Williamette Valley has a disproportionate share of small wine producers. More than 70 percent produce less than 5,000 cases a year, which makes national distribution futile. Steve Lutz, owner and winemaker of Lenne wines in Yamhill County, attributes the small production to pinot noir, the region’s primary breadwinner.
“Pinot noir doesn’t lend itself to mass production because it’s expensive to grow. And, our model is high quality,” he told me in a recent phone conversation. He produces 2,000 cases a year.
With quantities so small, most distributors do not want to spend the effort to get them on the shelves. Even if they found a cult wine to make them money, there isn’t enough to satisfy demand.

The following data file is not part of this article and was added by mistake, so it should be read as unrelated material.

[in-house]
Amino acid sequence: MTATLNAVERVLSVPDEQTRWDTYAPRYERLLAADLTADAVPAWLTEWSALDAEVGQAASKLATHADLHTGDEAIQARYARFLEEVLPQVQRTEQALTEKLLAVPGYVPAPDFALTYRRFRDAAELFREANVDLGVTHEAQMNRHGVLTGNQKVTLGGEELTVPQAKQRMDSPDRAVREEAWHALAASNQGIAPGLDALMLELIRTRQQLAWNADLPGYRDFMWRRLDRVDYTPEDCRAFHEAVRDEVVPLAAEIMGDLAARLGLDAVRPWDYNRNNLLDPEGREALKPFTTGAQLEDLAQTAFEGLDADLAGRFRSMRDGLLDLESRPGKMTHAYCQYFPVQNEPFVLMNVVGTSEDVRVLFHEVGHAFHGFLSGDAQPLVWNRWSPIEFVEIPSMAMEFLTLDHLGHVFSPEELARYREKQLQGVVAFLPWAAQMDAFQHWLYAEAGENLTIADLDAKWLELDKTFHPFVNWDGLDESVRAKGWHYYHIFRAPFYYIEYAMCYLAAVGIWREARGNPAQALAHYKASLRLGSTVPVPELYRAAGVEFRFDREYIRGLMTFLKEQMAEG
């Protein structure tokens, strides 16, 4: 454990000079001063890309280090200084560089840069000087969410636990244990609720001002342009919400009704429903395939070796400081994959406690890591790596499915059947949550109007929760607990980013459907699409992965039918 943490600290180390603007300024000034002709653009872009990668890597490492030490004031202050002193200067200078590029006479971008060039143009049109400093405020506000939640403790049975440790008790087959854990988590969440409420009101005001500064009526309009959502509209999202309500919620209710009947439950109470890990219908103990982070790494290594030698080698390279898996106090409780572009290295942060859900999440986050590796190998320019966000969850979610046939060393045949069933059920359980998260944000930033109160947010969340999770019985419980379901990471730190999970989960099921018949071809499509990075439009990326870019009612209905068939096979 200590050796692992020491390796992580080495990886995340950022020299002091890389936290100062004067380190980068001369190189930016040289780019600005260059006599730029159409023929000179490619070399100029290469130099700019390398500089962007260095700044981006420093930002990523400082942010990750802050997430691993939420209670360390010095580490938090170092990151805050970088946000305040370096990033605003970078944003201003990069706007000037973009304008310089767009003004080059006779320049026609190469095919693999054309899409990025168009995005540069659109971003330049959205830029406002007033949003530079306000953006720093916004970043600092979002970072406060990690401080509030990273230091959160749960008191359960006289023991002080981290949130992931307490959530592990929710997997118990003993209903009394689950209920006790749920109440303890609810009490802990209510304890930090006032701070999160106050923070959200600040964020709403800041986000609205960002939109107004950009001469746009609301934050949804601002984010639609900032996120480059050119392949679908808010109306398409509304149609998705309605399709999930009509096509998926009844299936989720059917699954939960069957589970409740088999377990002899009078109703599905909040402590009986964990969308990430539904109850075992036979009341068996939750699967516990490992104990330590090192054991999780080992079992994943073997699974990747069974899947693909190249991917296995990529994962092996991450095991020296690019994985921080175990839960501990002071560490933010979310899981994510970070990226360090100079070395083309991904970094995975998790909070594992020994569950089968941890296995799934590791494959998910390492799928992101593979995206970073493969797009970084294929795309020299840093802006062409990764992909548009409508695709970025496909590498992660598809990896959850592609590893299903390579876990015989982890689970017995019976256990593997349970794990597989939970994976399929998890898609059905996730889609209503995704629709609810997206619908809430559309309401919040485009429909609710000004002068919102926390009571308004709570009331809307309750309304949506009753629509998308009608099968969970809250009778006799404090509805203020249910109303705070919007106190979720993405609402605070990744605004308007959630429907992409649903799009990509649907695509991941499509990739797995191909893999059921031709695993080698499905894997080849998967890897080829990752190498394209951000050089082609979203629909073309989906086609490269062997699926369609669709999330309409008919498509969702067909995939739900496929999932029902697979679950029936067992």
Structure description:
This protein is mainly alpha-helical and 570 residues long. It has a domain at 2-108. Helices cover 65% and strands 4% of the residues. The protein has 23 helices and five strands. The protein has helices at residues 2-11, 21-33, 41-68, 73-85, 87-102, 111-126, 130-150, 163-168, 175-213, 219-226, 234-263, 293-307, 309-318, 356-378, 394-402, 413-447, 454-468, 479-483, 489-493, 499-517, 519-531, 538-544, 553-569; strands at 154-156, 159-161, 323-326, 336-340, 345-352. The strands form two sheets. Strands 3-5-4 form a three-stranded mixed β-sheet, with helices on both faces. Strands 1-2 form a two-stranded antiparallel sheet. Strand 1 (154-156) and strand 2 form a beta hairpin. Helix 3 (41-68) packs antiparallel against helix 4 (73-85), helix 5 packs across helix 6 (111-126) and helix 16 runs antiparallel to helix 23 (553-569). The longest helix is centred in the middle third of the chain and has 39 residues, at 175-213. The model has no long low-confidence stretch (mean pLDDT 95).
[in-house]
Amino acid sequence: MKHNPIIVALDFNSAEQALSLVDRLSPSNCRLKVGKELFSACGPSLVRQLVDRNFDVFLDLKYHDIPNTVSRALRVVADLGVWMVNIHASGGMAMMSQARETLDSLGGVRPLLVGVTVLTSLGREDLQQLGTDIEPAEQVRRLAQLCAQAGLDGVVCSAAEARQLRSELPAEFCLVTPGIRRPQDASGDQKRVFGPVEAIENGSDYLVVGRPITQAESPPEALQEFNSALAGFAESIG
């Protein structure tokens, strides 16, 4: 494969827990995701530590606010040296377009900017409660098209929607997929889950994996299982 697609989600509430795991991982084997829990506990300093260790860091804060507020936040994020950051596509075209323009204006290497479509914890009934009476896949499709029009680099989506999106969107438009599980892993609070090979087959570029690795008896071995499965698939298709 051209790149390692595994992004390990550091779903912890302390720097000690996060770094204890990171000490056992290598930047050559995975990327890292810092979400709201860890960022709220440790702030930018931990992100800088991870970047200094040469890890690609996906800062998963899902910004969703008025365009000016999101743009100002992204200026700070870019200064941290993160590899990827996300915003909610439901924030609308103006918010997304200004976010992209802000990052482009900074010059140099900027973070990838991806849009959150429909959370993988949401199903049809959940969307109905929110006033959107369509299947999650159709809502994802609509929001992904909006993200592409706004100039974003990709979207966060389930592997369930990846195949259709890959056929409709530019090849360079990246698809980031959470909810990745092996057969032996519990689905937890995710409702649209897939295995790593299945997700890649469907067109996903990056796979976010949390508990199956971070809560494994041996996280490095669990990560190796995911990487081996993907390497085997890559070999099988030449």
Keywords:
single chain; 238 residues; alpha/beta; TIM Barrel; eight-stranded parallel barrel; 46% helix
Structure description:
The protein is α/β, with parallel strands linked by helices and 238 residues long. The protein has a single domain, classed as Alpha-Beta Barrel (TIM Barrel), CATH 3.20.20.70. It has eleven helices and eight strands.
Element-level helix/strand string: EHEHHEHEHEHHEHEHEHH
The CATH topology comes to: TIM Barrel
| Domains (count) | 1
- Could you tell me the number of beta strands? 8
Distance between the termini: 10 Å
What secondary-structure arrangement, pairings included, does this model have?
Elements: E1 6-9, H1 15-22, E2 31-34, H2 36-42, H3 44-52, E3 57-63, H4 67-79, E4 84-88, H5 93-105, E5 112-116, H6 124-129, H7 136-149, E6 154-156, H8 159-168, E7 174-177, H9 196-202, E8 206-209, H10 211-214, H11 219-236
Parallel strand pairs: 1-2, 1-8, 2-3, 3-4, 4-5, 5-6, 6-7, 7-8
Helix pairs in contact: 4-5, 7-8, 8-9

So, Oregon winemakers are bypassing the distribution network in droves. Nearly all of them are selling their wines direct to consumer. As more states liberalize their laws restricting out-of-state alcohol shipments, Willamette winemakers can cast a wider net. Most of them easily sell out their productions — some are allocating their wines.
The primary venue for direct-to-consumer sales is the tasting room. Many of these wineries are a short hop form Portland and some producers have even opened separate tasting rooms in the city to market their wines.
Tom Fitzpatrick of Alloro wines told me that tasting rooms have become competitive and he has had to make improvements to remain a draw. But the effort has born success: direct-to-consumer sales in his tasting room rose from $50,000 in 2009 to $700,000 in 2018.
Fitzpatrick sells 15% of his wine to distributors just to get his name out there.
For the consumer, it requires a visit to the region to discover small producers who, like an oyster, wait for nutrients to come to them. No where else on the West Coast is this so apparent.
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